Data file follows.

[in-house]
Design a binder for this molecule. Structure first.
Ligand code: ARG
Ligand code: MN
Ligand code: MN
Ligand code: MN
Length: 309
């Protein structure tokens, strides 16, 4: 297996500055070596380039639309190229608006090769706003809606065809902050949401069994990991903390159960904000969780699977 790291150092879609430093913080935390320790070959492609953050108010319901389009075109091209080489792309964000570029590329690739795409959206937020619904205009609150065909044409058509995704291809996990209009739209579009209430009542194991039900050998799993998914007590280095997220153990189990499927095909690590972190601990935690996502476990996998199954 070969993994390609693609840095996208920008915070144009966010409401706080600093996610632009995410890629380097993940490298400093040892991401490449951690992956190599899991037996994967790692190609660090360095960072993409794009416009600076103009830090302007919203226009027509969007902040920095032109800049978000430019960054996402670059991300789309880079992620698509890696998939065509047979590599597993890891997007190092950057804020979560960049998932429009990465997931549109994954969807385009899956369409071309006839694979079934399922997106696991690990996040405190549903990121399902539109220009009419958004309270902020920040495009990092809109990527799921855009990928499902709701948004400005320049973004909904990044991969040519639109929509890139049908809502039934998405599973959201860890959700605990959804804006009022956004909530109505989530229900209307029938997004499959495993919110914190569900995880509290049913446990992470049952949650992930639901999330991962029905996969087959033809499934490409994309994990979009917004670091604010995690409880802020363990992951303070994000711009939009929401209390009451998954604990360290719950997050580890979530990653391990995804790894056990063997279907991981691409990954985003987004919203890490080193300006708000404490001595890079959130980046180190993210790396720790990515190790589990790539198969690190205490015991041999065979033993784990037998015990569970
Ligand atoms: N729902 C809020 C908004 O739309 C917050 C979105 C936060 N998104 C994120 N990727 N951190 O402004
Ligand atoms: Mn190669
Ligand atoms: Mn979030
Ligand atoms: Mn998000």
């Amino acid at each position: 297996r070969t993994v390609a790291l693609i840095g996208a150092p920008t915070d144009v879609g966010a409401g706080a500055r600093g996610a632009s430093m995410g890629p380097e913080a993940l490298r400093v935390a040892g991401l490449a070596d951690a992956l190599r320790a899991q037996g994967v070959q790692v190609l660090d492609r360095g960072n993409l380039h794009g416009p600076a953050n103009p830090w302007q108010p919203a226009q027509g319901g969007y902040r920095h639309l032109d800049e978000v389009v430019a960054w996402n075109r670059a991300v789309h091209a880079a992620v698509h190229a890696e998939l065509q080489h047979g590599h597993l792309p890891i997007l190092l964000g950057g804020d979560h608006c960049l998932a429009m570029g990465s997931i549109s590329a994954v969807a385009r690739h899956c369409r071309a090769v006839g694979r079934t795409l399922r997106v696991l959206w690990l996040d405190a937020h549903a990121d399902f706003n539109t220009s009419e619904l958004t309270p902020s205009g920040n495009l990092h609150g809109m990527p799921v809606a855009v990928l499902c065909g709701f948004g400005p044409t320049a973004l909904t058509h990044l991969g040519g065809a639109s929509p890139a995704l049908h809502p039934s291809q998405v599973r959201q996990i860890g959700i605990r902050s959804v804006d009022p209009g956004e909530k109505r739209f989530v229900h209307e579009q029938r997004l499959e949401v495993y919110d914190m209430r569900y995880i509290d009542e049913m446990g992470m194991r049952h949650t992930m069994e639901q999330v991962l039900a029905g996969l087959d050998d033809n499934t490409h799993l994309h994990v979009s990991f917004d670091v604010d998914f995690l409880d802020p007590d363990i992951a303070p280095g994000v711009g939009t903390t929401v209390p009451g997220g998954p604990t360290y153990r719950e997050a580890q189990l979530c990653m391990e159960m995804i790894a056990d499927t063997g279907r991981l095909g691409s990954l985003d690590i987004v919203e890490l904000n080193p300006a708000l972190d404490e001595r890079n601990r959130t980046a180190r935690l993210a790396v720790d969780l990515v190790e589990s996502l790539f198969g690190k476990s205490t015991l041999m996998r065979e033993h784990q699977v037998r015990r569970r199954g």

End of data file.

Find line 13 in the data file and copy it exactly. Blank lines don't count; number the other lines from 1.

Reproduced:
């Amino acid at each position: 297996r070969t993994v390609a790291l693609i840095g996208a150092p920008t915070d144009v879609g966010a409401g706080a500055r600093g996610a632009s430093m995410g890629p380097e913080a993940l490298r400093v935390a040892g991401l490449a070596d951690a992956l190599r320790a899991q037996g994967v070959q790692v190609l660090d492609r360095g960072n993409l380039h794009g416009p600076a953050n103009p830090w302007q108010p919203a226009q027509g319901g969007y902040r920095h639309l032109d800049e978000v389009v430019a960054w996402n075109r670059a991300v789309h091209a880079a992620v698509h190229a890696e998939l065509q080489h047979g590599h597993l792309p890891i997007l190092l964000g950057g804020d979560h608006c960049l998932a429009m570029g990465s997931i549109s590329a994954v969807a385009r690739h899956c369409r071309a090769v006839g694979r079934t795409l399922r997106v696991l959206w690990l996040d405190a937020h549903a990121d399902f706003n539109t220009s009419e619904l958004t309270p902020s205009g920040n495009l990092h609150g809109m990527p799921v809606a855009v990928l499902c065909g709701f948004g400005p044409t320049a973004l909904t058509h990044l991969g040519g065809a639109s929509p890139a995704l049908h809502p039934s291809q998405v599973r959201q996990i860890g959700i605990r902050s959804v804006d009022p209009g956004e909530k109505r739209f989530v229900h209307e579009q029938r997004l499959e949401v495993y919110d914190m209430r569900y995880i509290d009542e049913m446990g992470m194991r049952h949650t992930m069994e639901q999330v991962l039900a029905g996969l087959d050998d033809n499934t490409h799993l994309h994990v979009s990991f917004d670091v604010d998914f995690l409880d802020p007590d363990i992951a303070p280095g994000v711009g939009t903390t929401v209390p009451g997220g998954p604990t360290y153990r719950e997050a580890q189990l979530c990653m391990e159960m995804i790894a056990d499927t063997g279907r991981l095909g691409s990954l985003d690590i987004v919203e890490l904000n080193p300006a708000l972190d404490e001595r890079n601990r959130t980046a180190r935690l993210a790396v720790d969780l990515v190790e589990s996502l790539f198969g690190k476990s205490t015991l041999m996998r065979e033993h784990q699977v037998r015990r569970r199954g």